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Allan Matkins/UCLA Anderson

Forecast: Commercial RE still slow until after 2014

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If there are two words that encapsulate California’s commercial real estate markets, they are “cautiously optimistic.”

The state of California’s and the nation’s commercial real estate sectors with a nod toward San Diego were the topics of an Allen Matkins/UCLA Anderson Forecast session at the Hyatt Regency at Aventine on Wednesday.

Jerry Nickelsburg, Anderson Forecast senior economist, said unlike past recessions when a 5 percent gross domestic product (GDP) growth rate immediately followed the decline, the GDP growth rate this time is only running between 1 to 3 percent annually.

“The U.S. is muddling through,” Nickelsburg said adding that California and San Diego are continuing to work their ways through the downturn as well. “2014 will get above 2 percent and the growth will get gradually quicker after that.”

The problem, said Nickelsburg, is the growth in those applying for work are expected to continue to outpace the available positions. This coupled with positions that are going unfilled due to a lack of qualified applicants, and it’s not a recipe for growth.

The United States hasn’t been alone in the downturn. Nickelsburg said Japan is in the midst of a recession, and China, instead of a superheated GDP annual growth rate of about 9 percent that was the norm, “is hoping to do 7 and a half percent this year.”

This isn’t to say there haven’t been efforts to improve GDP here and elsewhere, but in the United States, Nickelsburg said negligible interest rates have done little to boost the economy.

“We have interest rates at zero and it hasn’t done anything,” Nickelsburg said.

Nickelsburg said despite capital markets that are awash in liquidity, money remains on the sidelines.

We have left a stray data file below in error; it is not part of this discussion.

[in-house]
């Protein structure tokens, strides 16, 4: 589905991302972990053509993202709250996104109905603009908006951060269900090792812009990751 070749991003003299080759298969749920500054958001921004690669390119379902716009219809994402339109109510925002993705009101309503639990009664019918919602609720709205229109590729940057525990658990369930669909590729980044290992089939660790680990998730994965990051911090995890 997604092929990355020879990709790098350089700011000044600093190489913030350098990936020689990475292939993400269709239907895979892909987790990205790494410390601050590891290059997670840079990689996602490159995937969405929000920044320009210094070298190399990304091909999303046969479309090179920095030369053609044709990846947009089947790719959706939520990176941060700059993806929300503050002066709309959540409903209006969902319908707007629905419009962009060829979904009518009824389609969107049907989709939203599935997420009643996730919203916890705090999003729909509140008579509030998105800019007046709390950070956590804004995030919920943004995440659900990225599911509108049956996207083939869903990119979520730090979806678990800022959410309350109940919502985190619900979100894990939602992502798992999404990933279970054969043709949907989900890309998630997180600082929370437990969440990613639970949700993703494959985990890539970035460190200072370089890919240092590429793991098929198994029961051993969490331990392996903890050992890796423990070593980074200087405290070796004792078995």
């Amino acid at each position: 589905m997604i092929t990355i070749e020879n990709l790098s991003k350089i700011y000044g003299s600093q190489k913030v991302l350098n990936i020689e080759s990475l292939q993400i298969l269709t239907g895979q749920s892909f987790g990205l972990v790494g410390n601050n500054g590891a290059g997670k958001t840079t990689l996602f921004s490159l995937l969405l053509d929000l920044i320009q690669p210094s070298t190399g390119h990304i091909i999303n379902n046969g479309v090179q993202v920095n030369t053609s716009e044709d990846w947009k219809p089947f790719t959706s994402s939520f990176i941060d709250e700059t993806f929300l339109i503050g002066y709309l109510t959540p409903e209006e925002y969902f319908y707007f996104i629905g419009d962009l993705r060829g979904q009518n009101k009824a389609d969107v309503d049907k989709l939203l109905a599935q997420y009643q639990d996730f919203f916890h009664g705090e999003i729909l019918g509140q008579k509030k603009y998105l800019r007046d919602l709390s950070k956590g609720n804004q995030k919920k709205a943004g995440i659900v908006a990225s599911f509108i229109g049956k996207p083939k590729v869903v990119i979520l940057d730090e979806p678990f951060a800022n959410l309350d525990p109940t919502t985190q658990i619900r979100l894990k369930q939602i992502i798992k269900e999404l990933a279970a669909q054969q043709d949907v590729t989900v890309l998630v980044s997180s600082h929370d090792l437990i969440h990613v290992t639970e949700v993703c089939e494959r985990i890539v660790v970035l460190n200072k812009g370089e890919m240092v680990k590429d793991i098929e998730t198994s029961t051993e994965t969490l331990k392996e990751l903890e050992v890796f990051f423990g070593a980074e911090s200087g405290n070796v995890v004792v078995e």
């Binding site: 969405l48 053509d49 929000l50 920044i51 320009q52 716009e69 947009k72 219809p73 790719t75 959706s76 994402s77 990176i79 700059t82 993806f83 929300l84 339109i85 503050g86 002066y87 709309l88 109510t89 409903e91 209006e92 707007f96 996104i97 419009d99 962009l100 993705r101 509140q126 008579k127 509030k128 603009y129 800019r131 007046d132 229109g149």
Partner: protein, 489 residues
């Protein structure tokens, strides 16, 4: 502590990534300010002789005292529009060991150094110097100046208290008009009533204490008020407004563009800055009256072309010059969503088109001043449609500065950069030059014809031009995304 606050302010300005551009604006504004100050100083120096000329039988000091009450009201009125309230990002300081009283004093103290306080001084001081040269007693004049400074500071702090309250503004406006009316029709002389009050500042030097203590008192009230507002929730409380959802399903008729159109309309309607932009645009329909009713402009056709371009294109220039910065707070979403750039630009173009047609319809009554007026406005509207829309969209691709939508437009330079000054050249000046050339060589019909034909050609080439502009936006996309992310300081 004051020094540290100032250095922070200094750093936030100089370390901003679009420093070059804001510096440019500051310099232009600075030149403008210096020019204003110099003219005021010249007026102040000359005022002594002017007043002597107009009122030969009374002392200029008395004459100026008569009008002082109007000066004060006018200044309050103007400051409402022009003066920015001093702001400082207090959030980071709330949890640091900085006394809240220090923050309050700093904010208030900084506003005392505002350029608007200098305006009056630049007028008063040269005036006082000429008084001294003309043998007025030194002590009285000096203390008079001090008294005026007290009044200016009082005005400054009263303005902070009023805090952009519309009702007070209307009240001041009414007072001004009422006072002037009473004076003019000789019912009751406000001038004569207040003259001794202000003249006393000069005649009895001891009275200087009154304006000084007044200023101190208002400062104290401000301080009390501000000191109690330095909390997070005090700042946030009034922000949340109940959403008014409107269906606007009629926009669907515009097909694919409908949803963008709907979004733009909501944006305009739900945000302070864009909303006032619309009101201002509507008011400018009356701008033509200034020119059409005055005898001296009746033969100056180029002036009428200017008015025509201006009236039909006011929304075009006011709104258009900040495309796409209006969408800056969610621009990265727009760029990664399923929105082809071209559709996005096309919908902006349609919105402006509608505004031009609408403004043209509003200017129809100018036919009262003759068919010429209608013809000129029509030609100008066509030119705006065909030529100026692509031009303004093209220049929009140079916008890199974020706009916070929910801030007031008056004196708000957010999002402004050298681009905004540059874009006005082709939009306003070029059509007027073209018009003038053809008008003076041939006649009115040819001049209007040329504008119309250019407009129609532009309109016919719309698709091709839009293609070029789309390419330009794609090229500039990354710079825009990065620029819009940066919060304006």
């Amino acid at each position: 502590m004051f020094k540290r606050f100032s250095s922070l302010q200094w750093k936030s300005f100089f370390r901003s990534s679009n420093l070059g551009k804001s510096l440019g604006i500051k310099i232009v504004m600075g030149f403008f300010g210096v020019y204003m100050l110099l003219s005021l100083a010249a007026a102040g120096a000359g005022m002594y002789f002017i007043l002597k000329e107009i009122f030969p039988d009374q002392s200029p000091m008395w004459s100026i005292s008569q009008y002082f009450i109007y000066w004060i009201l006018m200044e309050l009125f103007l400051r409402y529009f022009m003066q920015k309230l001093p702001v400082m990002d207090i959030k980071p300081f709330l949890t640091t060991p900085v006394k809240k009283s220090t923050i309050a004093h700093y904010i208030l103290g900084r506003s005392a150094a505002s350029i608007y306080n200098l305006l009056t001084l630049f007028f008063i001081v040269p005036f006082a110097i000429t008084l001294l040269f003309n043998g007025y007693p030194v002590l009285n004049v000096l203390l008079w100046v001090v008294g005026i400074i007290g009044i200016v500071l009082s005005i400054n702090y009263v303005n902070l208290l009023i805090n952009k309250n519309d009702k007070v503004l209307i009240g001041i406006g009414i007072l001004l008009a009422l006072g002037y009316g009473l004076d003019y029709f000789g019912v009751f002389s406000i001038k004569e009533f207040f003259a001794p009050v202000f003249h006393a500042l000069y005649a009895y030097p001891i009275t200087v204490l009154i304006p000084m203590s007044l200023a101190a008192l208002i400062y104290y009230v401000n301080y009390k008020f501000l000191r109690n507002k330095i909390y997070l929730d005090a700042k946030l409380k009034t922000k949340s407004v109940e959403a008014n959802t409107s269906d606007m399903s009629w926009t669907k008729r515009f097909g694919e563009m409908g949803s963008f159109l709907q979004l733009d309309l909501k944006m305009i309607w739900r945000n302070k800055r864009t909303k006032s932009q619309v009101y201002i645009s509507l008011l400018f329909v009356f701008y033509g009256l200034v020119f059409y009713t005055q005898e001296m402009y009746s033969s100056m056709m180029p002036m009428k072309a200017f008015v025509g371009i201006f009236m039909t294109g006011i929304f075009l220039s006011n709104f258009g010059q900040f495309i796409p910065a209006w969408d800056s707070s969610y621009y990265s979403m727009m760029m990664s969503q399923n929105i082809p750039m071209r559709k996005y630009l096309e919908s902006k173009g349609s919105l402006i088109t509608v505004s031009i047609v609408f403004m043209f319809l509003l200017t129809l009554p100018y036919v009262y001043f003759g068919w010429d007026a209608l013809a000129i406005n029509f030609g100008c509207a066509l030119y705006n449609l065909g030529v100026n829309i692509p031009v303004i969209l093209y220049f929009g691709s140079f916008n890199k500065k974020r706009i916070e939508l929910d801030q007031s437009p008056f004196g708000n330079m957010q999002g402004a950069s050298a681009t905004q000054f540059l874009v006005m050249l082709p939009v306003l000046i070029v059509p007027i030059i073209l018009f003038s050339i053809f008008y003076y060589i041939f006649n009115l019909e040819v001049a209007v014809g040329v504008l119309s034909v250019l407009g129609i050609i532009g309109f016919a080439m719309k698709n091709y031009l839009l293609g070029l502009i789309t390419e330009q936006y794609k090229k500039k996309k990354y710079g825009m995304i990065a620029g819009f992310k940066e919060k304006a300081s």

“The Fed has to get the liquidity out of the system to prevent inflation. Maybe they can, but it’s never been done before,” Nickelsburg said.

The economist said he believes interest rates will start climbing early next year.

“The Fed is going to have a tough time holding down long-term interest rates,” he added.

Nickelsburg said California lost 1.36 million jobs during this latest recession alone, and that about 550,000 have been restored.

“Orange County and San Diego are now growing at about the same rate as the U.S.,” Nickelsburg said.

After long being in the doldrums, Nickelsburg said residential construction has picked up, particularly with regard to multifamily.

Nickelsburg said home construction has begun to rebound as well but isn’t returning as quickly.

San Diego does seem to be faring better than the state in terms of distressed residential sales. While the number of distressed sales in San Diego is down to 14 percent, according the California Association of Realtors, Nickelsburg said 43 percent of single-family property sales in the state are still distressed.

“A question we have is for those who bought homes and lost them. Are they coming back into the market, or are they gone for good? It will make a difference,” Nickelsburg said.

With shrinking space requirements and a still uncertain economy, the San Diego office market has its own issues. With plenty of space yet to fill, vacancy rates are expected to remain fairly flat for the next three years.

“Rental rates will improve in some areas,” Nickelsburg said.

San Diego was ranked fourth in terms of perceived office market strength in the state behind San Francisco, Silicon Valley and Orange County, according to the survey.

Nickelsburg said it is difficult to determine what impact the sequester might have on San Diego County. He said while $8.5 billion in state cuts, including $3.2 billion to this region’s defense industry, could mean that at least some Navy repair contracts will be stalled here.

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